Land Values Stabilize In Central, Southern Plains
Nov 13, 2009
Farmland values held steady during the third quarter versus the previous quarter across the Central and Southern Plains, according to ag bankers surveyed by the Federal Reserve Bank of Kansas City. The Kansas City Fed serves bankers in Kansas, northwest Missouri, Nebraska, Oklahoma, and the mountain states of Colorado, northern New Mexico and Wyoming.
Compared to the previous quarter, the value of non-irrigated cropland remained flat while the value of irrigated cropland slipped less than 1%. Ranchland values were 1% lower when compared to the previous quarter, due mostly to declines noted in Kansas and Nebraska. The value of Oklahoma ranchland actually rose in the third quarter compared to the second quarter as drought conditions within the state eased.
The value of ranch and cropland has slipped when compared to values of a year earlier, the survey states. It shows the value of non-irrigated cropland has declined 1.7% while irrigated cropland is down 3%. Ranchland values have fallen 4.2% on an annual basis. There are exceptions, however, as the survey indicates the value of non-irrigated cropland in Kansas rose 2.3% during the third quarter when compared to values a year earlier. Bankers in Northwest Missouri indicated values are up a slight 0.2% in the third quarter compared to values the previous year. Non-irrigated cropland values are down 1.6% versus a year earlier in Oklahoma, down 4.8% in Nebraska versus the previous year and down 5.5% in the Mountain States of Colorado, northern New Mexico and Wyoming.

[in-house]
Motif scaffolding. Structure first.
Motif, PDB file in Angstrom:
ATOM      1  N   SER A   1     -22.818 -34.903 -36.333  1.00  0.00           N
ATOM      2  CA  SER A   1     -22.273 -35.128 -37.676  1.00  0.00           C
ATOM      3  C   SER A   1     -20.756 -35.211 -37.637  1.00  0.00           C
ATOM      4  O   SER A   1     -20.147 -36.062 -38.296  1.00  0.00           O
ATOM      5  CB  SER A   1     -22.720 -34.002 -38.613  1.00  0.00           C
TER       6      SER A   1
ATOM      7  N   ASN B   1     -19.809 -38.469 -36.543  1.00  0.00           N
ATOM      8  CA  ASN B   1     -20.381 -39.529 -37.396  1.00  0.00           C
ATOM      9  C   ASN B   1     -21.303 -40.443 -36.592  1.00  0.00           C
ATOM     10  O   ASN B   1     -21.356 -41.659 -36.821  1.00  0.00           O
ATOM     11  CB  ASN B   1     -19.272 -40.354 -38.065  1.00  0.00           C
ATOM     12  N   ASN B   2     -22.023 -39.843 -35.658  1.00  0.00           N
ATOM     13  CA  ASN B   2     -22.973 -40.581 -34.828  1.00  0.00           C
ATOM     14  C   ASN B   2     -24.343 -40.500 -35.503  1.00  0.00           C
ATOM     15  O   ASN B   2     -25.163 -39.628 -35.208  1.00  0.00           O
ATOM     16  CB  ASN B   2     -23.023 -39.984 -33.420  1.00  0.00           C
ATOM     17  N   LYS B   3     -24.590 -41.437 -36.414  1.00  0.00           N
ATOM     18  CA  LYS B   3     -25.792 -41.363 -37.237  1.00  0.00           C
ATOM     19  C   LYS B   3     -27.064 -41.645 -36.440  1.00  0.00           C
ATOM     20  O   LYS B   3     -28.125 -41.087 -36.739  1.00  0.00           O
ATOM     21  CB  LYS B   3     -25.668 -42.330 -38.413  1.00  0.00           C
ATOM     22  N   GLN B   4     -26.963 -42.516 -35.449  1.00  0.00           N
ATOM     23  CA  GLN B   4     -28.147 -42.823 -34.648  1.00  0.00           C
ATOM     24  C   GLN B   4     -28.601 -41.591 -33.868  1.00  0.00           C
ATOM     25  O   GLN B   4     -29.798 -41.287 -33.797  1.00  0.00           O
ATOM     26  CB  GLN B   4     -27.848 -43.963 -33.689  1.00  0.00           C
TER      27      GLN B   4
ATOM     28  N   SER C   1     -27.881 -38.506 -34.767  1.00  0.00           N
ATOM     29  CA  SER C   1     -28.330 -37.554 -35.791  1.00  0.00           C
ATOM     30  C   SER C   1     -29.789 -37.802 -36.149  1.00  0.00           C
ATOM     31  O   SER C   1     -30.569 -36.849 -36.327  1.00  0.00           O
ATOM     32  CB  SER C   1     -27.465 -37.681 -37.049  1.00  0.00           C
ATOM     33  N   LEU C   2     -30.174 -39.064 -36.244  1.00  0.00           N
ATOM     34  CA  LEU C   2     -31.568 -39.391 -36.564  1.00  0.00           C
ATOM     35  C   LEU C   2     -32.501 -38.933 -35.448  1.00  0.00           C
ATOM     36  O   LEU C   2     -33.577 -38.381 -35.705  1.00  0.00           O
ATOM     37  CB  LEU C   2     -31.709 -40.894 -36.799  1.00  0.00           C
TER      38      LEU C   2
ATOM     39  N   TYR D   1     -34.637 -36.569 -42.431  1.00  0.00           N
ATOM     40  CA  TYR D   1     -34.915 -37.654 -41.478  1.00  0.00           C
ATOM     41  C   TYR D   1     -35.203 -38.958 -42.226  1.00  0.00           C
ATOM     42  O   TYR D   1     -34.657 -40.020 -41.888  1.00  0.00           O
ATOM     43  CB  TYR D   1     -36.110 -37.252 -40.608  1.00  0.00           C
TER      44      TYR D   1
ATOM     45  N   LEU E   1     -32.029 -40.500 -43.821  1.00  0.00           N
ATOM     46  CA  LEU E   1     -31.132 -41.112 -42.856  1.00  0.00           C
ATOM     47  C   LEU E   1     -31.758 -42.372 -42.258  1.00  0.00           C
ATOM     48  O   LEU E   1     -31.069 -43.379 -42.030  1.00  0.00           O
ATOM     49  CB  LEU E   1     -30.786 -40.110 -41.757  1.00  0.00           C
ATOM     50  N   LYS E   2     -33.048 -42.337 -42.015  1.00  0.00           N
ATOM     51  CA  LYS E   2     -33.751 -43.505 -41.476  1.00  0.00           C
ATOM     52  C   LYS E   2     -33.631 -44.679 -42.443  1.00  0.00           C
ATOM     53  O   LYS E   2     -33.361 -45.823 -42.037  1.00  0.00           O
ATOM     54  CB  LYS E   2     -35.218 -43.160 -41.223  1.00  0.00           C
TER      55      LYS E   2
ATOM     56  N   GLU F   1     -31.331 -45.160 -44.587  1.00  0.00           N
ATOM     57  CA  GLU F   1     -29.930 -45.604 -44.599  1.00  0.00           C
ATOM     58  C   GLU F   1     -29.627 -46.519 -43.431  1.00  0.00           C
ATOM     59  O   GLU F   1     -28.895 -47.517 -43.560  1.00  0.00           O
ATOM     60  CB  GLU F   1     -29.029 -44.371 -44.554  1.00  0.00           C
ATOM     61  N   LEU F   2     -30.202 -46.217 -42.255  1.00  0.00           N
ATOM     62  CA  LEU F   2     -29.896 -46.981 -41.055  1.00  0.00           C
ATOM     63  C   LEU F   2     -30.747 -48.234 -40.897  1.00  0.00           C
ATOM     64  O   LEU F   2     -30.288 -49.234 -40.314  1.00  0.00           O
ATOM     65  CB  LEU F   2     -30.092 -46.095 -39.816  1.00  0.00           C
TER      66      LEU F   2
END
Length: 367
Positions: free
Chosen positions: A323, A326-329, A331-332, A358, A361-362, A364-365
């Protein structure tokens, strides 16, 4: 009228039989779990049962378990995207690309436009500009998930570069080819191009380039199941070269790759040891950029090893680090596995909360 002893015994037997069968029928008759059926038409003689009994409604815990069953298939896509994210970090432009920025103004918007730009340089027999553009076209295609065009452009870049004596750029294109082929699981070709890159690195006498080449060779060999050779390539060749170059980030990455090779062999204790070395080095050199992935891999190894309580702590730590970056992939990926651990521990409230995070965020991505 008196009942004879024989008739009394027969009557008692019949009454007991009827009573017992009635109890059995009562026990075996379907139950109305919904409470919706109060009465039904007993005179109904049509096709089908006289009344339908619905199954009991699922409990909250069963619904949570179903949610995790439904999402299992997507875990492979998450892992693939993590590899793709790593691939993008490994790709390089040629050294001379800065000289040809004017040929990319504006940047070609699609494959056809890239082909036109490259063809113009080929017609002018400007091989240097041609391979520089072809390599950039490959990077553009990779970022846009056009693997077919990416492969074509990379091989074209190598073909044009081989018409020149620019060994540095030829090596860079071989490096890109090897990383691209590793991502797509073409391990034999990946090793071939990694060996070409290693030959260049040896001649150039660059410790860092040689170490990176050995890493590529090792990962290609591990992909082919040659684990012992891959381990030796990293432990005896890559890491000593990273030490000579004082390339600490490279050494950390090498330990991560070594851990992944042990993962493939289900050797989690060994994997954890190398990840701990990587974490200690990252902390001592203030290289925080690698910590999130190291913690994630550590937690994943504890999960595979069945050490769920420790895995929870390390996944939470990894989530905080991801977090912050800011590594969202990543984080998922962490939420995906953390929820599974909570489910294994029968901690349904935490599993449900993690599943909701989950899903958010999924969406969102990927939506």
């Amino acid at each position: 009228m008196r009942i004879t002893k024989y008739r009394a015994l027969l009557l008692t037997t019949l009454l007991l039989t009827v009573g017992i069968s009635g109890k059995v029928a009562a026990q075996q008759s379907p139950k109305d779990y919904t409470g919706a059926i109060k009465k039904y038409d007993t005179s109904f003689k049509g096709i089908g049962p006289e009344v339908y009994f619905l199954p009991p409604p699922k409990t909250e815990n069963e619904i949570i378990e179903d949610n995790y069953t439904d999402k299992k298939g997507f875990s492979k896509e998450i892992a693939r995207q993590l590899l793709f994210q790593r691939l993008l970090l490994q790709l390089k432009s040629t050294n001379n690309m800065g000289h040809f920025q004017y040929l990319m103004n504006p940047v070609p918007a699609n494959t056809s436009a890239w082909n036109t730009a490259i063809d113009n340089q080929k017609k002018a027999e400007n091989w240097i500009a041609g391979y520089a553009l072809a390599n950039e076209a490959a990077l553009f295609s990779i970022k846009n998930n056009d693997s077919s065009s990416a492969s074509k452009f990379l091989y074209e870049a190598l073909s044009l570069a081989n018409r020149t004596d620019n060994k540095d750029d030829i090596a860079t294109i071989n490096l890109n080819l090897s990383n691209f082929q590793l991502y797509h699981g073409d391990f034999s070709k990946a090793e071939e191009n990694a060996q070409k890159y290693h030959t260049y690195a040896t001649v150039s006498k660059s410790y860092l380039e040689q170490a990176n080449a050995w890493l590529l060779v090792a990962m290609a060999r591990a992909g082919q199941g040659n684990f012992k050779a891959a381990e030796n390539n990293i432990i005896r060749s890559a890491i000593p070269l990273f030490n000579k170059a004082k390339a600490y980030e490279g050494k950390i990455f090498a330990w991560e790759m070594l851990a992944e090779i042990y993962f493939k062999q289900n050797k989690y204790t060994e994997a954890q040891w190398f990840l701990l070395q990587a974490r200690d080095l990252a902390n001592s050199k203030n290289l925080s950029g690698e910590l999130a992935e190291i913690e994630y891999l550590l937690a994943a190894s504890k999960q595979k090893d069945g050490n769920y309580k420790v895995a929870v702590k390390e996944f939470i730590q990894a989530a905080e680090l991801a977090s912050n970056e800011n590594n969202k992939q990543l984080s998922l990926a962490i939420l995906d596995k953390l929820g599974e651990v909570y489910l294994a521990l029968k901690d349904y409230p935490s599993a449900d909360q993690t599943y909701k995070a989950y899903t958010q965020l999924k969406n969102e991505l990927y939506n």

Survey respondents reported a limited number of sales have occured during the quarter. A majority of the bankers responding to the survey said they expect farmland values to hold steady over the next three months.
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